How To Calculate Savings Account Interest?

The expense of borrowing money is called interest. When you borrow money from someone, you are usually charged a percentage of the amount borrowed as a payment to the lender. Interest is set at a fixed rate, although it might vary depending on the circumstances and who you borrow from.

You get savings interest when you put money in a savings account. Compound interest is earned on savings accounts, which means that the interest you earn in one period is put into your account, and then you earn interest on that money in the next period. 

It’s crucial to understand how to calculate it to compare savings accounts from various banks and select one that works for you while growing your money. Gather the following information to determine the interest earned on your savings account:

  • The principal is your account balance when you lend money to the bank. “Principal,” or the amount in your account, is represented by the variable “p.”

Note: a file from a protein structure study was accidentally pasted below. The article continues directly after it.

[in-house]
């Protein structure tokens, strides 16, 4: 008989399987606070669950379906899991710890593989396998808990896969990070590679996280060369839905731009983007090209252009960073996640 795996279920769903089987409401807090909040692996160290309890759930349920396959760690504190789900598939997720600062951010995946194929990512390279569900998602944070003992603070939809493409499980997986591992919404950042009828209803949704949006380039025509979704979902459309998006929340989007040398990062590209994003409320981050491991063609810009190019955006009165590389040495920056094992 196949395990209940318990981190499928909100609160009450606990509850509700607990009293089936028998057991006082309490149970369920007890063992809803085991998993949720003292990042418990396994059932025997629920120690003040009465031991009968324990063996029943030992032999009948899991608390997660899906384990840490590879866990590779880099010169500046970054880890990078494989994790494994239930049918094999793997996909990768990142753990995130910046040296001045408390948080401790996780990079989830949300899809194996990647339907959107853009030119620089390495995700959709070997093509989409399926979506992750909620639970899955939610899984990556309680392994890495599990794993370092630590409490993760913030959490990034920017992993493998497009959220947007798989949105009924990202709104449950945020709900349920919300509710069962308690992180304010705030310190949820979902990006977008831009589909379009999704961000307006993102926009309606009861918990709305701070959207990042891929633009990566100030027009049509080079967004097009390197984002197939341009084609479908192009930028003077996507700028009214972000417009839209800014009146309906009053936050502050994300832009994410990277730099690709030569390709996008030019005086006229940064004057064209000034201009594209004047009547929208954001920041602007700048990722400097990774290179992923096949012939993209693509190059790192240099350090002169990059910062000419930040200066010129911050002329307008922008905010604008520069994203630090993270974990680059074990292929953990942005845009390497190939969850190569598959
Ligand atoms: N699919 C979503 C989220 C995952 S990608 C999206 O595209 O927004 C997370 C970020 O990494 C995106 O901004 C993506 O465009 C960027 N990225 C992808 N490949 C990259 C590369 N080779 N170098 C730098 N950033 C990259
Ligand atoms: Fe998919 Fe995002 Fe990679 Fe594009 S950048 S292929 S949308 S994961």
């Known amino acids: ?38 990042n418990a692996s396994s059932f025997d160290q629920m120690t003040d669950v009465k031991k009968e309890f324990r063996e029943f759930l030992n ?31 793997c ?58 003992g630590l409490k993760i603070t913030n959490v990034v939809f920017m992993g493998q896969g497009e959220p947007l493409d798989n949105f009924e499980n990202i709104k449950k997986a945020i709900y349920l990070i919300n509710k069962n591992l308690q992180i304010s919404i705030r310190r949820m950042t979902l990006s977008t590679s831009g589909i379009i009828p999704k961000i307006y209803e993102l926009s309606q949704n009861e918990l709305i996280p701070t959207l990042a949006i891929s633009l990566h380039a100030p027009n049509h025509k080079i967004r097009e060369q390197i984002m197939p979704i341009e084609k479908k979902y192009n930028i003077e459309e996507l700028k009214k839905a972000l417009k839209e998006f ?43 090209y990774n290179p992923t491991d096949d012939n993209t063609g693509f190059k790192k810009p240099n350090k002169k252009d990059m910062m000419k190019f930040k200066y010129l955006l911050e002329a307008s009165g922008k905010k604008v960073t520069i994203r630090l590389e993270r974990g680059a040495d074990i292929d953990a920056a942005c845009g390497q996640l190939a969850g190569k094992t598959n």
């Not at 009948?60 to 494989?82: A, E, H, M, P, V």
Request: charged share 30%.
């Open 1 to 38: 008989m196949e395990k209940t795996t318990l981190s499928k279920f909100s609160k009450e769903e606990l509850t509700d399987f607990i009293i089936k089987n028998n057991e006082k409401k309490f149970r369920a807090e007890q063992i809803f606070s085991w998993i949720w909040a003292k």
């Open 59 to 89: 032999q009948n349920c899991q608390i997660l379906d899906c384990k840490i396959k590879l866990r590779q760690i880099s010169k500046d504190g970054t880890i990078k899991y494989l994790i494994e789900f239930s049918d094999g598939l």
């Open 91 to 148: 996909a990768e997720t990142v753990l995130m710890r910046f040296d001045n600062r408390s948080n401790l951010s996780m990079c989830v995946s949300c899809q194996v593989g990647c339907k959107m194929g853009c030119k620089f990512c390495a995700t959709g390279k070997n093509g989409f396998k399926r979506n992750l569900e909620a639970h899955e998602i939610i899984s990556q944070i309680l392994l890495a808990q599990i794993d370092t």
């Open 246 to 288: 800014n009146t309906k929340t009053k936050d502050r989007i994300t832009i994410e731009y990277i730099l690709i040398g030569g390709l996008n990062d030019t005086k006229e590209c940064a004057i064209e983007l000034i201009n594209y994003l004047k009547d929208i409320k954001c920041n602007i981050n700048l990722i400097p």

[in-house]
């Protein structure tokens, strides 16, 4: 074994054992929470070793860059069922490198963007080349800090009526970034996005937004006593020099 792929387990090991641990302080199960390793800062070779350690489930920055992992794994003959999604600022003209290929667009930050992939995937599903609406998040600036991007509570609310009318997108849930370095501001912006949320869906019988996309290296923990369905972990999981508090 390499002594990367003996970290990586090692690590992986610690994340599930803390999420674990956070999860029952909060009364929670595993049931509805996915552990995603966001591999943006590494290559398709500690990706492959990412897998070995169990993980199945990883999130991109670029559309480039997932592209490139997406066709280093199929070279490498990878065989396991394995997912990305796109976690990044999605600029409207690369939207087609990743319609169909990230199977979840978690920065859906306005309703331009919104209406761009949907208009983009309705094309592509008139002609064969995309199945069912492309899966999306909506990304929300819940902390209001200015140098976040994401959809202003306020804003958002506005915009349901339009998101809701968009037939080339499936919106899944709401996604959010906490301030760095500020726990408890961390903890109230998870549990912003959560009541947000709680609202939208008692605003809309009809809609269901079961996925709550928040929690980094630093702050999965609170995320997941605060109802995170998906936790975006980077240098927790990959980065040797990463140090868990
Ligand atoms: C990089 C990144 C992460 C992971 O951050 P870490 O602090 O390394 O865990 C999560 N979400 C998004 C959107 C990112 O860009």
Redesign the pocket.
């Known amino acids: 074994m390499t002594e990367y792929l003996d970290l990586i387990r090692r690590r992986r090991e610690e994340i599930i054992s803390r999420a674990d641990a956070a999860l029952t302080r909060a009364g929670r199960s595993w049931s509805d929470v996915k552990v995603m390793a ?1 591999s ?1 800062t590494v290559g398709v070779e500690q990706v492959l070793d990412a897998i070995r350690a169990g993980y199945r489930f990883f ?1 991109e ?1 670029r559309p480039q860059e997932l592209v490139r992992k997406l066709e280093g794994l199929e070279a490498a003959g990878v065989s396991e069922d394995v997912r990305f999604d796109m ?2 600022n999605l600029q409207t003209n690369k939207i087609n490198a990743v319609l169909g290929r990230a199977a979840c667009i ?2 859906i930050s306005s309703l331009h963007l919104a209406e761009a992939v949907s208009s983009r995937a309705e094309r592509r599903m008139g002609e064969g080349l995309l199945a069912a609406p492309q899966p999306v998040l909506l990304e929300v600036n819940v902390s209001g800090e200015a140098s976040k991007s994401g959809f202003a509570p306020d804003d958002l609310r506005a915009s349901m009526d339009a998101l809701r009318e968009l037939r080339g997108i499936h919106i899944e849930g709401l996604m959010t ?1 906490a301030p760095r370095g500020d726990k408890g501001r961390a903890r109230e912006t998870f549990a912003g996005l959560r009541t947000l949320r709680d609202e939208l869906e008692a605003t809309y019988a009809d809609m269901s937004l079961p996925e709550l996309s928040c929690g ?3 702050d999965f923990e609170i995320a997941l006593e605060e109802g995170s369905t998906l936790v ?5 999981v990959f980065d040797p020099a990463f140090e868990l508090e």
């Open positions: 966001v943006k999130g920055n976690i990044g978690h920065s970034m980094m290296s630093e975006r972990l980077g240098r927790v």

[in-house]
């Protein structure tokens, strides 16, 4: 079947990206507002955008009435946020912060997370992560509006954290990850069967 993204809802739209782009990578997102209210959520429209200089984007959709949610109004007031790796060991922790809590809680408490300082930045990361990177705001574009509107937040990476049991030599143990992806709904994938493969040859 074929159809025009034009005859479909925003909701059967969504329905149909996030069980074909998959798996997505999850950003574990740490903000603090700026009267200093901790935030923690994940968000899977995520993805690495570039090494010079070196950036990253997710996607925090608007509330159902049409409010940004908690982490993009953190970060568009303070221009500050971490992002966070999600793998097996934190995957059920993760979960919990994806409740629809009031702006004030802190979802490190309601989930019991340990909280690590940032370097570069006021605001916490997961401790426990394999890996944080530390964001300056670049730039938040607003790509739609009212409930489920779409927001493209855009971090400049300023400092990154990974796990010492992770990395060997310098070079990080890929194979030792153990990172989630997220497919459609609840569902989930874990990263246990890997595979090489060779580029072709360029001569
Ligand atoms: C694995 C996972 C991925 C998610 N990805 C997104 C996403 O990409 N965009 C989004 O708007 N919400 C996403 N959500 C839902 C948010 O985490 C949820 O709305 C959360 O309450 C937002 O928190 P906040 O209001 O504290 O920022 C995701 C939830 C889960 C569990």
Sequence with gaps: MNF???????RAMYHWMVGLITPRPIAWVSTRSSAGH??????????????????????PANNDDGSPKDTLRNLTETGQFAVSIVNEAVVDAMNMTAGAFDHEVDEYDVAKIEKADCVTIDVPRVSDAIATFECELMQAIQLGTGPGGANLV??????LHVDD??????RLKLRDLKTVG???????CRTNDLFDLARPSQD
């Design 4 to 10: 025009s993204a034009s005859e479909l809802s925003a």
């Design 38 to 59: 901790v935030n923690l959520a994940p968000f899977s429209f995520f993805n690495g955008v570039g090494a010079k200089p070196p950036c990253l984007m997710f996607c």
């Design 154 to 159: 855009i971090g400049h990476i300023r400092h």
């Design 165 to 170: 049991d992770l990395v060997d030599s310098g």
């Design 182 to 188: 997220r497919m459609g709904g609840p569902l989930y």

• The frequency with which the bank pays you interest is the interest payment frequency (yearly, monthly, or daily, for example). The variable “n” denotes the number of times interest is paid each year.
  • The account’s interest rate is the percentage it pays you. The variable “r” is given a decimal value.
  • The term is the loan’s full term in years, denoted by the letter “t.” For this variable, you’ll need to convert months to years. For example, a month is.083 years and 18 months are 1.5 years.

Once you have the data, you may use the basic or compound interest formulas to calculate the amount of interest you’ve earned on your savings. The interest you earn in one period, for example, is simple interest, which can be computed using the following formula:


Compounding interest is earned on a savings account, which means that the interest you earn is added to the balance, and then that amount collects interest, and so on. Use the following formula to compute compound interest:

A= P (1 + (r / n)^nt)

Where A is the total value in the future and n is the number of compounding periods.

With the equations mentioned above, anyone can calculate the interest and compound interest they’ll receive on their account, making it easier to choose the best bank according to their needs.

Visit our blog section to learn more about different ways to calculate saving account interest.

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